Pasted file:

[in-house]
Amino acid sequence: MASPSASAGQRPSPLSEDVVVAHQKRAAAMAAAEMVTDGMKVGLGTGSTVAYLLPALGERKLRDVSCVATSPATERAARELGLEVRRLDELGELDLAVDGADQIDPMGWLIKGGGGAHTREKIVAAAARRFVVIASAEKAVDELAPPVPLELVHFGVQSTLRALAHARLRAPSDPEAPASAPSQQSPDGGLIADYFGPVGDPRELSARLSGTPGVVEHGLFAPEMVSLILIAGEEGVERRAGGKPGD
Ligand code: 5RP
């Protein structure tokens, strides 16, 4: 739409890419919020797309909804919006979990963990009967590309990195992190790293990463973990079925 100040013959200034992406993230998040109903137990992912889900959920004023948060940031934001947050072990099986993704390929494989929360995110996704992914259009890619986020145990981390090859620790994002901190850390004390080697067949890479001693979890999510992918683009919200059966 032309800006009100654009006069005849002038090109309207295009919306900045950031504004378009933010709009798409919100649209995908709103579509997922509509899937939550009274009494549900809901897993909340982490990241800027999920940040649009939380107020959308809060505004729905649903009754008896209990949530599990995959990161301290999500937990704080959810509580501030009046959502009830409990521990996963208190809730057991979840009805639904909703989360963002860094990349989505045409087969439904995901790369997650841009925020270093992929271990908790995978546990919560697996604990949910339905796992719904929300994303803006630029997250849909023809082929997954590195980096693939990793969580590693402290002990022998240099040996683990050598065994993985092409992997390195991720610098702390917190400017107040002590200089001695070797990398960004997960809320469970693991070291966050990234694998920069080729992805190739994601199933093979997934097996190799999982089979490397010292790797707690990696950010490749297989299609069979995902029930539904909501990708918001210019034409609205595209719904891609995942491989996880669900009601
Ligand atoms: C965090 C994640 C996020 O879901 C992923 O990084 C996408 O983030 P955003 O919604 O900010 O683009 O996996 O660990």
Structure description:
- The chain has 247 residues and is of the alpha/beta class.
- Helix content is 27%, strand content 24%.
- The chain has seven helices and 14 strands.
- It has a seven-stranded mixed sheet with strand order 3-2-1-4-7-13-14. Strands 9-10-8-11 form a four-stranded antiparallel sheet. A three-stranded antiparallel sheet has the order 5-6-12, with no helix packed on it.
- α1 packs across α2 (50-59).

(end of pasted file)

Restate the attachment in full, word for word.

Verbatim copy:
[in-house]
Amino acid sequence: MASPSASAGQRPSPLSEDVVVAHQKRAAAMAAAEMVTDGMKVGLGTGSTVAYLLPALGERKLRDVSCVATSPATERAARELGLEVRRLDELGELDLAVDGADQIDPMGWLIKGGGGAHTREKIVAAAARRFVVIASAEKAVDELAPPVPLELVHFGVQSTLRALAHARLRAPSDPEAPASAPSQQSPDGGLIADYFGPVGDPRELSARLSGTPGVVEHGLFAPEMVSLILIAGEEGVERRAGGKPGD
Ligand code: 5RP
């Protein structure tokens, strides 16, 4: 739409890419919020797309909804919006979990963990009967590309990195992190790293990463973990079925 100040013959200034992406993230998040109903137990992912889900959920004023948060940031934001947050072990099986993704390929494989929360995110996704992914259009890619986020145990981390090859620790994002901190850390004390080697067949890479001693979890999510992918683009919200059966 032309800006009100654009006069005849002038090109309207295009919306900045950031504004378009933010709009798409919100649209995908709103579509997922509509899937939550009274009494549900809901897993909340982490990241800027999920940040649009939380107020959308809060505004729905649903009754008896209990949530599990995959990161301290999500937990704080959810509580501030009046959502009830409990521990996963208190809730057991979840009805639904909703989360963002860094990349989505045409087969439904995901790369997650841009925020270093992929271990908790995978546990919560697996604990949910339905796992719904929300994303803006630029997250849909023809082929997954590195980096693939990793969580590693402290002990022998240099040996683990050598065994993985092409992997390195991720610098702390917190400017107040002590200089001695070797990398960004997960809320469970693991070291966050990234694998920069080729992805190739994601199933093979997934097996190799999982089979490397010292790797707690990696950010490749297989299609069979995902029930539904909501990708918001210019034409609205595209719904891609995942491989996880669900009601
Ligand atoms: C965090 C994640 C996020 O879901 C992923 O990084 C996408 O983030 P955003 O919604 O900010 O683009 O996996 O660990």
Structure description:
- The chain has 247 residues and is of the alpha/beta class.
- Helix content is 27%, strand content 24%.
- The chain has seven helices and 14 strands.
- It has a seven-stranded mixed sheet with strand order 3-2-1-4-7-13-14. Strands 9-10-8-11 form a four-stranded antiparallel sheet. A three-stranded antiparallel sheet has the order 5-6-12, with no helix packed on it.
- α1 packs across α2 (50-59).